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Beat Writers Report: Old school defense

Once a week we’ll have our weekly Beat Writers Report, something we did last year in which we review the previous game and have some nuggets from the locker room with a look ahead.

Enjoy.

  • Cowboys cornerback Orlando Scandrick described what the Cowboys defense will look like in 2013: Like old school football. Scandrick said the Cowboys will play the base 4-3 defense and a nickel package consisting of an extra cornerback with one linebacker, Justin Durant, taken off the field. In a dime package, another linebacker is off the field for a corner. But with the Cowboys keeping only four corners, new defensive coordinator Monte Kiffin is asking his linebackers, mainly Sean Lee and Bruce Carter to cover tight ends down the field. So B.W. Webb, a rookie, will get significant snaps in the slot along with Scandrick. However, when the Giants visit AT&T Stadium Sunday night, Scandrick will pair up with slot receiver Victor Cruz.

  • Much was made of rookie running back Joseph Randle's new jersey number. Randle switched from No. 35 to No. 21. Of course, Randle wore No. 1 at Oklahoma State, the number receiver Dez Bryant held for three seasons before departing for the NFL. Randle was asked if he wanted to change numbers once the 53-man roster was determined and said yes. He couldn’t wear No. 1, something he did since he started playing pee wee football so he picked No. 21, formerly held by Deion Sanders. Randle’s jersey selections come with some pretty good company, Calvin Hill also wore No. 35. “I respect everyone who had the number before me,” Randle said. “He’s a great Cowboy and it’s an honor for me to wear it.”

  • It’s funny how an organization changes its mind regarding certain players. Sean Lissemore was deemed a valuable player in the 3-4 defense last season as a defensive end. But when Rob Ryan and his 3-4 scheme was asked to walk away, Kiffin’s 4-3 was inserted. Well, Lissemore picked up about 10 pounds to play defensive tackle then was told he picked up too much weight because the defensive linemen need quickness off the ball. With the San Diego Chargers asking about his availability, the Cowboys made the move and traded him away.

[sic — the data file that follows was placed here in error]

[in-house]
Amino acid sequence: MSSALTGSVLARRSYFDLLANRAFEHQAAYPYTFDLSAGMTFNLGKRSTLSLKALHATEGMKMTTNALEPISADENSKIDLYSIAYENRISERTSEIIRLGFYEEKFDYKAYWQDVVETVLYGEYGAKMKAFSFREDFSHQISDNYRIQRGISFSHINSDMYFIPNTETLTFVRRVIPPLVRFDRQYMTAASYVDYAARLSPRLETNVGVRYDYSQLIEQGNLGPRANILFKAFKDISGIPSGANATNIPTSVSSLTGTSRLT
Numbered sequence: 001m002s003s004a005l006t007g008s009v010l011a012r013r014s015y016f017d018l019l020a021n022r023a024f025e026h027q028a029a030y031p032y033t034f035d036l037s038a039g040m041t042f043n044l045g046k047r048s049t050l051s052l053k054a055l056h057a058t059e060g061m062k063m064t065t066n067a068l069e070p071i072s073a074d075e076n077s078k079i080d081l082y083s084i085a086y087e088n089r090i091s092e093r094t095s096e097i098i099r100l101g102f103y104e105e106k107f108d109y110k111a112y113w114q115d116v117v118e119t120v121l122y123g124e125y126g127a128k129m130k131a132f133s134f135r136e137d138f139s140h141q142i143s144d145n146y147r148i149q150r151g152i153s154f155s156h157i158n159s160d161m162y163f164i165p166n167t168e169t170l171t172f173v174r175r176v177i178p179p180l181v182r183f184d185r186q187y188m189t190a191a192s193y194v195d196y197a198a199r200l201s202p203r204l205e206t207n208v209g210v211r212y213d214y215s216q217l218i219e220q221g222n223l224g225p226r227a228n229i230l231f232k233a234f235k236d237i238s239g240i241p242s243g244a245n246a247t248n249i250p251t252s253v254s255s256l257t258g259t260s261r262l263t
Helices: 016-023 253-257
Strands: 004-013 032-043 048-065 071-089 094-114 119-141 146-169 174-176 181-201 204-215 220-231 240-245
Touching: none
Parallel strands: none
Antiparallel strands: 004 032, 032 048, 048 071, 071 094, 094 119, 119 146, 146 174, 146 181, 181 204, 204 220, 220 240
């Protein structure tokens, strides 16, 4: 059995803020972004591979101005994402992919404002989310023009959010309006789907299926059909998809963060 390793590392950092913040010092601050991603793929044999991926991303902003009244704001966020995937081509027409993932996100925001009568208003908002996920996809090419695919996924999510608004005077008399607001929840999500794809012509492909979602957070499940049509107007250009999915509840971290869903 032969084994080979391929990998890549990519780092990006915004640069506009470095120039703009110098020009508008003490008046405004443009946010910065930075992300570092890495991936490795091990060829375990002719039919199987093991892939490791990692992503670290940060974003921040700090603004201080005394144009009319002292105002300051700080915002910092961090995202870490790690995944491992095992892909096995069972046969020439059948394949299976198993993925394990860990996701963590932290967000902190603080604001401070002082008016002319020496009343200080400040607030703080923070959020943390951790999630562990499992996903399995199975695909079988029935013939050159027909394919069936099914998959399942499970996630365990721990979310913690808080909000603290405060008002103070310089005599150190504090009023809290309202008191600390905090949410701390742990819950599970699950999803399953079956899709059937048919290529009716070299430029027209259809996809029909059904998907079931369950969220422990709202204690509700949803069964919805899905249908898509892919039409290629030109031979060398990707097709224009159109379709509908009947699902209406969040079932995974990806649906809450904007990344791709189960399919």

• The cornerback position hasn’t been the most durable in recent seasons, but Brandon Carr played 98.2 percent of the plays in 2012, third-most in the NFL behind Jason McCourty (99.6) and Tramon Williams (98.6). While we’re at it, Jerry Jones and the rest of the coaching staff is raving about the potential of Ronald Leary at left guard. Nate Livings played in the sixth-most plays in 2012, 99.3 percent of the snaps last season at his position. Only two guards Chris Chester and Rob Sims played every snap last season. Livings is gone, on injured reserve because of knee surgery, so the Cowboys are hoping Leary, who is coming off minor knee surgery himself, will play nearly the entire season. Also, tight end Jason Witten led NFL tight ends in playing time percentage at 98 percent with the second-highest average salary at $7.4 million.

  • The Cowboys didn’t display a lot of their offensive packages during the preseason, namely the two-tight set, called 12 personnel. The first groupings of this set will have James Hanna and Witten. Second-round pick, Gavin Escobar will gets some snaps with Witten, too. The key for Escobar, if paired with Witten, will be his pass-catching ability. I expect the Cowboys to keep Witten in to block or chip defenders while Escobar goes out for a route because he’s still learning how to be a better blocker. But with Witten and Hanna as the grouping, the veteran Witten gets to run routes while Hanna blocks.